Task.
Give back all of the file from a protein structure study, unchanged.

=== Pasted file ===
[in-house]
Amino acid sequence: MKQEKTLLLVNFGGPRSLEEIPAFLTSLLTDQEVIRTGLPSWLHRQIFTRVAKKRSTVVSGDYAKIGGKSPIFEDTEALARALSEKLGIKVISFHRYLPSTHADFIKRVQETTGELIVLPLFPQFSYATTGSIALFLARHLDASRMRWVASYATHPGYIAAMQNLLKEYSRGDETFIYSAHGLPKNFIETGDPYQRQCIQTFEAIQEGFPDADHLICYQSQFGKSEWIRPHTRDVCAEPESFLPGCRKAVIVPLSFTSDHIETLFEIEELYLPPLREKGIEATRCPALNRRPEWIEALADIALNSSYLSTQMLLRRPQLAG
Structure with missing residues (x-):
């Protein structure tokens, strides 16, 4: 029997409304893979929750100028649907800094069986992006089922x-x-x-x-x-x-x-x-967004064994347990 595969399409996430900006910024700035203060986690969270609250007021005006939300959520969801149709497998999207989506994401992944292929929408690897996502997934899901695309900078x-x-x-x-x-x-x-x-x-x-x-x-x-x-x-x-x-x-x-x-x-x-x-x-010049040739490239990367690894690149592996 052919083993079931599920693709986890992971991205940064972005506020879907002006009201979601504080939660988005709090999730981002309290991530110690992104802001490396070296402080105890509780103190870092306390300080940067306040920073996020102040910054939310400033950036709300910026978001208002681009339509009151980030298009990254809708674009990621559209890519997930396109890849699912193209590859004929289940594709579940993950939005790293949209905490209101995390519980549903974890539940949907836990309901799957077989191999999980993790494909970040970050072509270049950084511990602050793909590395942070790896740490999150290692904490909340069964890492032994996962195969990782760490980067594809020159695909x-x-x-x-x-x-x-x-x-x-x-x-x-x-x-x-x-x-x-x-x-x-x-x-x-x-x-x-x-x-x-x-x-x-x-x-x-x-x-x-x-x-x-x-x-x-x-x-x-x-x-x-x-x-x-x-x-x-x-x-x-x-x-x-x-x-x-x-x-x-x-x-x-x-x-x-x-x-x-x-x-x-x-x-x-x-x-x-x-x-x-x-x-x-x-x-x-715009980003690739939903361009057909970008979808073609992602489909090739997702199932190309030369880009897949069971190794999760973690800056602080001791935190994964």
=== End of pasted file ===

[in-house]
Amino acid sequence: MKQEKTLLLVNFGGPRSLEEIPAFLTSLLTDQEVIRTGLPSWLHRQIFTRVAKKRSTVVSGDYAKIGGKSPIFEDTEALARALSEKLGIKVISFHRYLPSTHADFIKRVQETTGELIVLPLFPQFSYATTGSIALFLARHLDASRMRWVASYATHPGYIAAMQNLLKEYSRGDETFIYSAHGLPKNFIETGDPYQRQCIQTFEAIQEGFPDADHLICYQSQFGKSEWIRPHTRDVCAEPESFLPGCRKAVIVPLSFTSDHIETLFEIEELYLPPLREKGIEATRCPALNRRPEWIEALADIALNSSYLSTQMLLRRPQLAG
Structure with missing residues (x-):
């Protein structure tokens, strides 16, 4: 029997409304893979929750100028649907800094069986992006089922x-x-x-x-x-x-x-x-967004064994347990 595969399409996430900006910024700035203060986690969270609250007021005006939300959520969801149709497998999207989506994401992944292929929408690897996502997934899901695309900078x-x-x-x-x-x-x-x-x-x-x-x-x-x-x-x-x-x-x-x-x-x-x-x-010049040739490239990367690894690149592996 052919083993079931599920693709986890992971991205940064972005506020879907002006009201979601504080939660988005709090999730981002309290991530110690992104802001490396070296402080105890509780103190870092306390300080940067306040920073996020102040910054939310400033950036709300910026978001208002681009339509009151980030298009990254809708674009990621559209890519997930396109890849699912193209590859004929289940594709579940993950939005790293949209905490209101995390519980549903974890539940949907836990309901799957077989191999999980993790494909970040970050072509270049950084511990602050793909590395942070790896740490999150290692904490909340069964890492032994996962195969990782760490980067594809020159695909x-x-x-x-x-x-x-x-x-x-x-x-x-x-x-x-x-x-x-x-x-x-x-x-x-x-x-x-x-x-x-x-x-x-x-x-x-x-x-x-x-x-x-x-x-x-x-x-x-x-x-x-x-x-x-x-x-x-x-x-x-x-x-x-x-x-x-x-x-x-x-x-x-x-x-x-x-x-x-x-x-x-x-x-x-x-x-x-x-x-x-x-x-x-x-x-x-715009980003690739939903361009057909970008979808073609992602489909090739997702199932190309030369880009897949069971190794999760973690800056602080001791935190994964």